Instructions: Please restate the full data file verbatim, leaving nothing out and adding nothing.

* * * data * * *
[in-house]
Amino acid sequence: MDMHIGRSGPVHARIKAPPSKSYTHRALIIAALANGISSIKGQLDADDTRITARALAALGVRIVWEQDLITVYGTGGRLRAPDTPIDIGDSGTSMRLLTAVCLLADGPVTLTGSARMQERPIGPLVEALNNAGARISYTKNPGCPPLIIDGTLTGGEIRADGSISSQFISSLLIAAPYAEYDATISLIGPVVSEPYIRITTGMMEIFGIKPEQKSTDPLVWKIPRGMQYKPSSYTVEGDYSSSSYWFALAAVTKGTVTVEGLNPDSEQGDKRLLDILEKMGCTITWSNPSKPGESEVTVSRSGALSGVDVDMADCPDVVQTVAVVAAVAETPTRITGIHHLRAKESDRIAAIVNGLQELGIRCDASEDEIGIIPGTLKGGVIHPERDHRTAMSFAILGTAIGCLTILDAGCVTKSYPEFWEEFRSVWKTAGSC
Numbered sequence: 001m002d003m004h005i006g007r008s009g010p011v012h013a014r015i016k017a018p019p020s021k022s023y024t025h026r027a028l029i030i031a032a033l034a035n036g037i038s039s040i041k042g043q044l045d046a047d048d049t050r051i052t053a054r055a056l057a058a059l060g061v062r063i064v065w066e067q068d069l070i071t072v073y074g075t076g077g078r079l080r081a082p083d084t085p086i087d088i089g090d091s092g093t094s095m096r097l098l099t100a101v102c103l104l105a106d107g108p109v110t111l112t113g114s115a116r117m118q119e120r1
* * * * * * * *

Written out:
[in-house]
Amino acid sequence: MDMHIGRSGPVHARIKAPPSKSYTHRALIIAALANGISSIKGQLDADDTRITARALAALGVRIVWEQDLITVYGTGGRLRAPDTPIDIGDSGTSMRLLTAVCLLADGPVTLTGSARMQERPIGPLVEALNNAGARISYTKNPGCPPLIIDGTLTGGEIRADGSISSQFISSLLIAAPYAEYDATISLIGPVVSEPYIRITTGMMEIFGIKPEQKSTDPLVWKIPRGMQYKPSSYTVEGDYSSSSYWFALAAVTKGTVTVEGLNPDSEQGDKRLLDILEKMGCTITWSNPSKPGESEVTVSRSGALSGVDVDMADCPDVVQTVAVVAAVAETPTRITGIHHLRAKESDRIAAIVNGLQELGIRCDASEDEIGIIPGTLKGGVIHPERDHRTAMSFAILGTAIGCLTILDAGCVTKSYPEFWEEFRSVWKTAGSC
Numbered sequence: 001m002d003m004h005i006g007r008s009g010p011v012h013a014r015i016k017a018p019p020s021k022s023y024t025h026r027a028l029i030i031a032a033l034a035n036g037i038s039s040i041k042g043q044l045d046a047d048d049t050r051i052t053a054r055a056l057a058a059l060g061v062r063i064v065w066e067q068d069l070i071t072v073y074g075t076g077g078r079l080r081a082p083d084t085p086i087d088i089g090d091s092g093t094s095m096r097l098l099t100a101v102c103l104l105a106d107g108p109v110t111l112t113g114s115a116r117m118q119e120r1